Recently, nonalcoholic steatohepatitis (NASH) was found to be correlated with cardiovascular disease events independently of the metabolic syndrome. The aim of this study was to investigate whether an atherogenic (Ath) diet induces the pathology of steatohepatitis necessary for the diagnosis of human NASH and how cholesterol and triglyceride alter the hepatic gene expression profiles responsible for oxidative stress. We investigated the liver pathology and plasma and hepatic lipids of mice fed the Ath diet. The hepatic gene expression profile was examined with microarrays and real-time polymerase chain reactions. The Ath diet induced dyslipidemia, lipid peroxidation, and stellate cell activation in the liver and finally caused precirrhotic steatohepatitis after 24 weeks. Cellular ballooning, a necessary histological feature defining human NASH, was observed in contrast to existing animal models. The addition of a high-fat component to the Ath diet caused hepatic insulin resistance and further accelerated the pathology of steatohepatitis. A global gene expression analysis revealed that the Ath diet up-regulated the hepatic expression levels of genes for fatty acid synthesis, oxidative stress, inflammation, and fibrogenesis, which were further accelerated by the addition of a high-fat component. Conversely, the high-fat component down-regulated the hepatic gene expression of antioxidant enzymes and might have increased oxidative stress.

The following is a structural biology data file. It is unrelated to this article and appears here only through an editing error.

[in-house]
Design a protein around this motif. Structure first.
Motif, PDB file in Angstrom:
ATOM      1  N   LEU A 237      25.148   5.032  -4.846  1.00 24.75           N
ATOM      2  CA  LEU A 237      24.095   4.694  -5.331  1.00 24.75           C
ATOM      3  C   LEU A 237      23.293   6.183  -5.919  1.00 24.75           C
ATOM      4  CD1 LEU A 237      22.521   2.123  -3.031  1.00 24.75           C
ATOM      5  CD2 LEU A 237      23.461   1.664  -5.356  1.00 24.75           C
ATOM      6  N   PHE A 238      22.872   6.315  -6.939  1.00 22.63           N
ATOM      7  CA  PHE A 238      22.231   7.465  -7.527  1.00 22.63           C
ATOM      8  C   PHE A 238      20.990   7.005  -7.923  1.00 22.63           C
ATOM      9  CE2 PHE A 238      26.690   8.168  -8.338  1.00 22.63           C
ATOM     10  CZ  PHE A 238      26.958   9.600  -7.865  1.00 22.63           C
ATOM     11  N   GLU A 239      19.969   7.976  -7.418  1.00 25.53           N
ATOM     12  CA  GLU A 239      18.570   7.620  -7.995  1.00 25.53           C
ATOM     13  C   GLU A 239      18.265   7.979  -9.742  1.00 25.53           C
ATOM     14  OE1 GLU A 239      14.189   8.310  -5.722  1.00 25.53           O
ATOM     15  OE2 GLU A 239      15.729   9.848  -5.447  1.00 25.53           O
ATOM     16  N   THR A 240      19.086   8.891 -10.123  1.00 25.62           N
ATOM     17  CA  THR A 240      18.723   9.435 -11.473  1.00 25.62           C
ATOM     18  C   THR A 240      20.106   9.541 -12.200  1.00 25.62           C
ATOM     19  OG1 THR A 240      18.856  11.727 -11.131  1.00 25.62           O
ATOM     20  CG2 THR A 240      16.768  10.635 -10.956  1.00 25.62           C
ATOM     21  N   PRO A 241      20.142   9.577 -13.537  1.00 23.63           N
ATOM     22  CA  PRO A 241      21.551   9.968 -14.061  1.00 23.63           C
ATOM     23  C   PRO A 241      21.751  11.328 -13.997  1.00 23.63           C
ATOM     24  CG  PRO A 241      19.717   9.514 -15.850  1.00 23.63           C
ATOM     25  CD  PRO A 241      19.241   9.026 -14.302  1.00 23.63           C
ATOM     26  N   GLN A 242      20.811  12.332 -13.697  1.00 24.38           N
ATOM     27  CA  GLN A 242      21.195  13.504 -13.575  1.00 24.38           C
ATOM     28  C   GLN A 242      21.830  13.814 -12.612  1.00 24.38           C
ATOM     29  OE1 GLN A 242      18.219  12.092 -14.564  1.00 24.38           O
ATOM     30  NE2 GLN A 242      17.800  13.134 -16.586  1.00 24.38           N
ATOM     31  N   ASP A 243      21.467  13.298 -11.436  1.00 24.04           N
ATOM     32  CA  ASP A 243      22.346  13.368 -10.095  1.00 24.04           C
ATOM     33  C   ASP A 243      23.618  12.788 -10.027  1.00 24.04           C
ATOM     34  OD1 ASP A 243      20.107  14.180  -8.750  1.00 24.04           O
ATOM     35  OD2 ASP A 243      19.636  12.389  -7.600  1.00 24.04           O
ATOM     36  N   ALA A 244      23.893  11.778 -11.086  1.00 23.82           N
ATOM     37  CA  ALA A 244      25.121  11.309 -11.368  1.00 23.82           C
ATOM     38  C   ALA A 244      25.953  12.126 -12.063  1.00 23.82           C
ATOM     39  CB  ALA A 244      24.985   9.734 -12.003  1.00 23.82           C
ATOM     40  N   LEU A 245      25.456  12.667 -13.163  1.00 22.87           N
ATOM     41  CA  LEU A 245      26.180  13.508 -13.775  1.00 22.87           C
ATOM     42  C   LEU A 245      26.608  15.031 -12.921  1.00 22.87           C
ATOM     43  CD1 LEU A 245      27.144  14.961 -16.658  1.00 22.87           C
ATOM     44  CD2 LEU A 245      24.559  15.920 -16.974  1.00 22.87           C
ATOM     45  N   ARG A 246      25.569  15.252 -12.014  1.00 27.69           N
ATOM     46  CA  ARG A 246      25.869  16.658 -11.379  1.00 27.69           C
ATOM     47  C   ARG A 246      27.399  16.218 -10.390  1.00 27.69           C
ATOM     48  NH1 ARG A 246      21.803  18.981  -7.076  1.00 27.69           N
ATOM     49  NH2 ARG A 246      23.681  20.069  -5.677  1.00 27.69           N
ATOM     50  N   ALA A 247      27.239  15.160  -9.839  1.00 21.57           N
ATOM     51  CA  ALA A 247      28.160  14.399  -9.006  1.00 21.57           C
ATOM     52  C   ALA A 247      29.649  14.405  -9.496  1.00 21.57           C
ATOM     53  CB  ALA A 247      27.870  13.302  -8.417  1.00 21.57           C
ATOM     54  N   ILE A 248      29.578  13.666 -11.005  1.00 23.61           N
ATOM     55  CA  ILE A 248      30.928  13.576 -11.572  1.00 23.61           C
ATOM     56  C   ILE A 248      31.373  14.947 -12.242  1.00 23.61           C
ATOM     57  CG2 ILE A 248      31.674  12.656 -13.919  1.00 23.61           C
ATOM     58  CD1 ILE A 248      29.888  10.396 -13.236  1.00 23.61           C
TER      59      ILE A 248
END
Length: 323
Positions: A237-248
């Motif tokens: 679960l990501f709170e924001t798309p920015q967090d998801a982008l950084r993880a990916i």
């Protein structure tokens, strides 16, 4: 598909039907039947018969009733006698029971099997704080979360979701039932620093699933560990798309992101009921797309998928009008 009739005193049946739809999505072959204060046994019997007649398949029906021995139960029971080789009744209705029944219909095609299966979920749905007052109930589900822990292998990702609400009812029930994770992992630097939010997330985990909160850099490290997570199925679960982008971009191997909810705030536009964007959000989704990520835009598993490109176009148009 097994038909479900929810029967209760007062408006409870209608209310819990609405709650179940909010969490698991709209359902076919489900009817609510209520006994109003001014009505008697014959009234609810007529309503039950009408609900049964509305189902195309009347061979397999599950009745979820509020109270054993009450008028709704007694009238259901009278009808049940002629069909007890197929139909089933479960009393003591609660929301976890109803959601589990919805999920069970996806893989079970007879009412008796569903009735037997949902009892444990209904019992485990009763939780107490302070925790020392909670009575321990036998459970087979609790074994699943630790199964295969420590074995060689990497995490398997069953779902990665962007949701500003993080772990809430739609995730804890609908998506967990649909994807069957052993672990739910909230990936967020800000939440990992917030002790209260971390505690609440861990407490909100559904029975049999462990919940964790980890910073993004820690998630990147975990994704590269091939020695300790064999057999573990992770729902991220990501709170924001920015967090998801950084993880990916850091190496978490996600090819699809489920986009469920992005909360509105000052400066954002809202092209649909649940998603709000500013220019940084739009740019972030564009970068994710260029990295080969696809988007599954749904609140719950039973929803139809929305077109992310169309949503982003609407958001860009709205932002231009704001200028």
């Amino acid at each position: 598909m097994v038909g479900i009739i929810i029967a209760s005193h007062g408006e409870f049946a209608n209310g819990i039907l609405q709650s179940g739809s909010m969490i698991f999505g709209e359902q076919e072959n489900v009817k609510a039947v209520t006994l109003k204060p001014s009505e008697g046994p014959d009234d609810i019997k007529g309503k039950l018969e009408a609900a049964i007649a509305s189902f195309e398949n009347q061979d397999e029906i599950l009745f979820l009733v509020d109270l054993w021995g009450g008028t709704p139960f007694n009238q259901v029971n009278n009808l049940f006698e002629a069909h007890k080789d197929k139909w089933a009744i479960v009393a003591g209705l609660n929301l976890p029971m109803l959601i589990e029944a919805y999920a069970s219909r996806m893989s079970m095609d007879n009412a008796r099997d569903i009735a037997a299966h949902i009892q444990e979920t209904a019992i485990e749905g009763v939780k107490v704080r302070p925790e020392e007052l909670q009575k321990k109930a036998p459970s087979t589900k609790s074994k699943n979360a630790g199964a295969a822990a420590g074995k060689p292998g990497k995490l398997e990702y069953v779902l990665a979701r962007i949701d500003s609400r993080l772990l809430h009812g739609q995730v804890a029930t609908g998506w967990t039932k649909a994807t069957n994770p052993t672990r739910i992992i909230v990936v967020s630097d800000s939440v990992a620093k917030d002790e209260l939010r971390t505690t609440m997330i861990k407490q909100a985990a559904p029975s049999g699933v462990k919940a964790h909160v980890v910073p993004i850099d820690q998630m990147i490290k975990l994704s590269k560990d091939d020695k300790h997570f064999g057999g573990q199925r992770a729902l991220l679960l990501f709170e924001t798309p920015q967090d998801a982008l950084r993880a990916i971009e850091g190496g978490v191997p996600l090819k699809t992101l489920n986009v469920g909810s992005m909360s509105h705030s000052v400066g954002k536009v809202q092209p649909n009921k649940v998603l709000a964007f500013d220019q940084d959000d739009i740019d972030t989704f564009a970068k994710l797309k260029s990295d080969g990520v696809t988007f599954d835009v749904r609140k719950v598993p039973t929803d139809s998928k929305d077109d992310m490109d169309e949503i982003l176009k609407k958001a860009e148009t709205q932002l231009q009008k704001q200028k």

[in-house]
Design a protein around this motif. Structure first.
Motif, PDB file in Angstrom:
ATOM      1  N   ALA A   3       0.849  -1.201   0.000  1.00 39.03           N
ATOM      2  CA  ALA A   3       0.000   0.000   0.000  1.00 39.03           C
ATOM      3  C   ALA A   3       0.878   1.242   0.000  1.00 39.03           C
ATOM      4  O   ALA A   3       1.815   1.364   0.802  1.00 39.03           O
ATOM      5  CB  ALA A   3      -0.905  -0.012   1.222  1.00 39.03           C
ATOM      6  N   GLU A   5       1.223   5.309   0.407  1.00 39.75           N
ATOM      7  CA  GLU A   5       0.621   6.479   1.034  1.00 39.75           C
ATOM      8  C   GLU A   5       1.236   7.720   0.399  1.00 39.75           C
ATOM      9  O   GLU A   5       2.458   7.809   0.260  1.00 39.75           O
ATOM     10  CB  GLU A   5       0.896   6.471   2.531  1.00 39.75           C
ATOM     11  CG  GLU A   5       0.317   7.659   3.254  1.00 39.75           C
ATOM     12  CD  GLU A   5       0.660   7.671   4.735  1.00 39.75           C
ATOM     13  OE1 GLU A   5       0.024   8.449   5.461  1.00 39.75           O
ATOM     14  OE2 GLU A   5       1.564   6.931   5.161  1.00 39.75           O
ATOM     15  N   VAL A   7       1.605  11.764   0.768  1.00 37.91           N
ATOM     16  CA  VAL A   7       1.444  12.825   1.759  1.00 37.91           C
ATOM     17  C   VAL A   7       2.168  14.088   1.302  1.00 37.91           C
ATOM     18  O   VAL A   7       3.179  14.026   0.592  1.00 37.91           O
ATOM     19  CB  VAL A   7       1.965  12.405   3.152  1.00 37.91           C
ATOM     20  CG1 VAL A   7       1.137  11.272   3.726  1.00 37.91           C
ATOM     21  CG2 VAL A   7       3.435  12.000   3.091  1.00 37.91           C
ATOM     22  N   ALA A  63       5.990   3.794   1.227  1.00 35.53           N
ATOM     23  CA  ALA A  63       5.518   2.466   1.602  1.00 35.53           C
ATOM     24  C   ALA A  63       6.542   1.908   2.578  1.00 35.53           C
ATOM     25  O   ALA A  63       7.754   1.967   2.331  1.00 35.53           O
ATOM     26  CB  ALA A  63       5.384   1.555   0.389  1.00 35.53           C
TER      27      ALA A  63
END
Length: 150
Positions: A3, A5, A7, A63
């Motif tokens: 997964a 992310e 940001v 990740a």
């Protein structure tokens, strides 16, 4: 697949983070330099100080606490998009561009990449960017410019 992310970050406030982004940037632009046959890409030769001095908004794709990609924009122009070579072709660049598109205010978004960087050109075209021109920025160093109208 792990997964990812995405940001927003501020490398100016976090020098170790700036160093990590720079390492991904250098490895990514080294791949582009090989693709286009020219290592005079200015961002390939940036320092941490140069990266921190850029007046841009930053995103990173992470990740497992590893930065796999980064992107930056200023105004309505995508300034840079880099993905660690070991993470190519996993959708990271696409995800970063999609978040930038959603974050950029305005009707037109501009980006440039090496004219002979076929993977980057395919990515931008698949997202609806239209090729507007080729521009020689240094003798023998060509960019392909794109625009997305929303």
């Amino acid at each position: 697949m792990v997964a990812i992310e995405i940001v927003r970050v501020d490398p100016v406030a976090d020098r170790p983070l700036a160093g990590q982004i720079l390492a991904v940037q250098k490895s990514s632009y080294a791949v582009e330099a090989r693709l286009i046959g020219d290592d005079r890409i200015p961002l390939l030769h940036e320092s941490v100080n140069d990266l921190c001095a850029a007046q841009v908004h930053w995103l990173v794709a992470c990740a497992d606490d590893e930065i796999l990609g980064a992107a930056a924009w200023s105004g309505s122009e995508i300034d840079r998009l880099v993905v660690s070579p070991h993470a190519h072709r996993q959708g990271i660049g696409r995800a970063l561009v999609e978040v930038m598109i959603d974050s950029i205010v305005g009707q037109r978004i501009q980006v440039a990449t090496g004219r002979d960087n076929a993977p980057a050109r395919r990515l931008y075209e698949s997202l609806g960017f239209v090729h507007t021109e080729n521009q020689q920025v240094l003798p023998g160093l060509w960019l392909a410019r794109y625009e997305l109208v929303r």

Conclusion: The Ath diet induces oxidative stress and steatohepatitis with cellular ballooning. The high-fat component induces insulin resistance, down-regulates genes for antioxidant enzymes, and further aggravates the steatohepatitis. This model suggests the critical role of lipids in causing oxidative stress and insulin resistance leading to steatohepatitis.